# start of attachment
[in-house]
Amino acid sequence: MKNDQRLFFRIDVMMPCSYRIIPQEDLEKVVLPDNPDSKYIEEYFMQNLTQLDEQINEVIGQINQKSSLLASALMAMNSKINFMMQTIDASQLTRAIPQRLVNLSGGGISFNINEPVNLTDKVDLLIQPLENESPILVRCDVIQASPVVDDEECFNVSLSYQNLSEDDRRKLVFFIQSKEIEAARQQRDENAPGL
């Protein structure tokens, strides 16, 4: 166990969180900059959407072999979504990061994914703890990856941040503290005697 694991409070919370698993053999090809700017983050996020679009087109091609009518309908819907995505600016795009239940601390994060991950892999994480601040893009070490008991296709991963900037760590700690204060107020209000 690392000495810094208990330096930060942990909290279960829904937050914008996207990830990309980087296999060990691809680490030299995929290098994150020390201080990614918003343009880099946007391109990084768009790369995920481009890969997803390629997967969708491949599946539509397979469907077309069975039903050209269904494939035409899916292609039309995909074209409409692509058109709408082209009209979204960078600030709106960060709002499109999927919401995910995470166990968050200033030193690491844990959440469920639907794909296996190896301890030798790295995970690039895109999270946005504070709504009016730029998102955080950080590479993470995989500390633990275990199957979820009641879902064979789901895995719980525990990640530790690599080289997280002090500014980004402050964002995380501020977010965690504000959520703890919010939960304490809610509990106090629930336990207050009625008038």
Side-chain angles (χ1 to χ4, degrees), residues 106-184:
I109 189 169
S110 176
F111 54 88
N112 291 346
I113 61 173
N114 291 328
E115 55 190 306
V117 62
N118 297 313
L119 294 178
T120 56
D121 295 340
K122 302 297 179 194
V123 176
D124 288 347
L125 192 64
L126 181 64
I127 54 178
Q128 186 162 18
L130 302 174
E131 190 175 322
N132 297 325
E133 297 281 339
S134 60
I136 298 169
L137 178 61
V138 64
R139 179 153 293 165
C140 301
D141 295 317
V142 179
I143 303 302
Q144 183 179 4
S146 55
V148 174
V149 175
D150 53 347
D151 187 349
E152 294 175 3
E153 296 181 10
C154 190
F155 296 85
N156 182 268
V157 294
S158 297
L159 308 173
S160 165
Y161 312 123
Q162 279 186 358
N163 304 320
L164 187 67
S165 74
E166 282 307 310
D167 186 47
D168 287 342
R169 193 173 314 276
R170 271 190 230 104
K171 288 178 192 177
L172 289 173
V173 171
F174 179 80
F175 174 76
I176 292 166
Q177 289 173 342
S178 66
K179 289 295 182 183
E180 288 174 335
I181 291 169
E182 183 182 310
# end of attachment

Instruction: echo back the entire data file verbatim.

[in-house]
Amino acid sequence: MKNDQRLFFRIDVMMPCSYRIIPQEDLEKVVLPDNPDSKYIEEYFMQNLTQLDEQINEVIGQINQKSSLLASALMAMNSKINFMMQTIDASQLTRAIPQRLVNLSGGGISFNINEPVNLTDKVDLLIQPLENESPILVRCDVIQASPVVDDEECFNVSLSYQNLSEDDRRKLVFFIQSKEIEAARQQRDENAPGL
């Protein structure tokens, strides 16, 4: 166990969180900059959407072999979504990061994914703890990856941040503290005697 694991409070919370698993053999090809700017983050996020679009087109091609009518309908819907995505600016795009239940601390994060991950892999994480601040893009070490008991296709991963900037760590700690204060107020209000 690392000495810094208990330096930060942990909290279960829904937050914008996207990830990309980087296999060990691809680490030299995929290098994150020390201080990614918003343009880099946007391109990084768009790369995920481009890969997803390629997967969708491949599946539509397979469907077309069975039903050209269904494939035409899916292609039309995909074209409409692509058109709408082209009209979204960078600030709106960060709002499109999927919401995910995470166990968050200033030193690491844990959440469920639907794909296996190896301890030798790295995970690039895109999270946005504070709504009016730029998102955080950080590479993470995989500390633990275990199957979820009641879902064979789901895995719980525990990640530790690599080289997280002090500014980004402050964002995380501020977010965690504000959520703890919010939960304490809610509990106090629930336990207050009625008038």
Side-chain angles (χ1 to χ4, degrees), residues 106-184:
I109 189 169
S110 176
F111 54 88
N112 291 346
I113 61 173
N114 291 328
E115 55 190 306
V117 62
N118 297 313
L119 294 178
T120 56
D121 295 340
K122 302 297 179 194
V123 176
D124 288 347
L125 192 64
L126 181 64
I127 54 178
Q128 186 162 18
L130 302 174
E131 190 175 322
N132 297 325
E133 297 281 339
S134 60
I136 298 169
L137 178 61
V138 64
R139 179 153 293 165
C140 301
D141 295 317
V142 179
I143 303 302
Q144 183 179 4
S146 55
V148 174
V149 175
D150 53 347
D151 187 349
E152 294 175 3
E153 296 181 10
C154 190
F155 296 85
N156 182 268
V157 294
S158 297
L159 308 173
S160 165
Y161 312 123
Q162 279 186 358
N163 304 320
L164 187 67
S165 74
E166 282 307 310
D167 186 47
D168 287 342
R169 193 173 314 276
R170 271 190 230 104
K171 288 178 192 177
L172 289 173
V173 171
F174 179 80
F175 174 76
I176 292 166
Q177 289 173 342
S178 66
K179 289 295 182 183
E180 288 174 335
I181 291 169
E182 183 182 310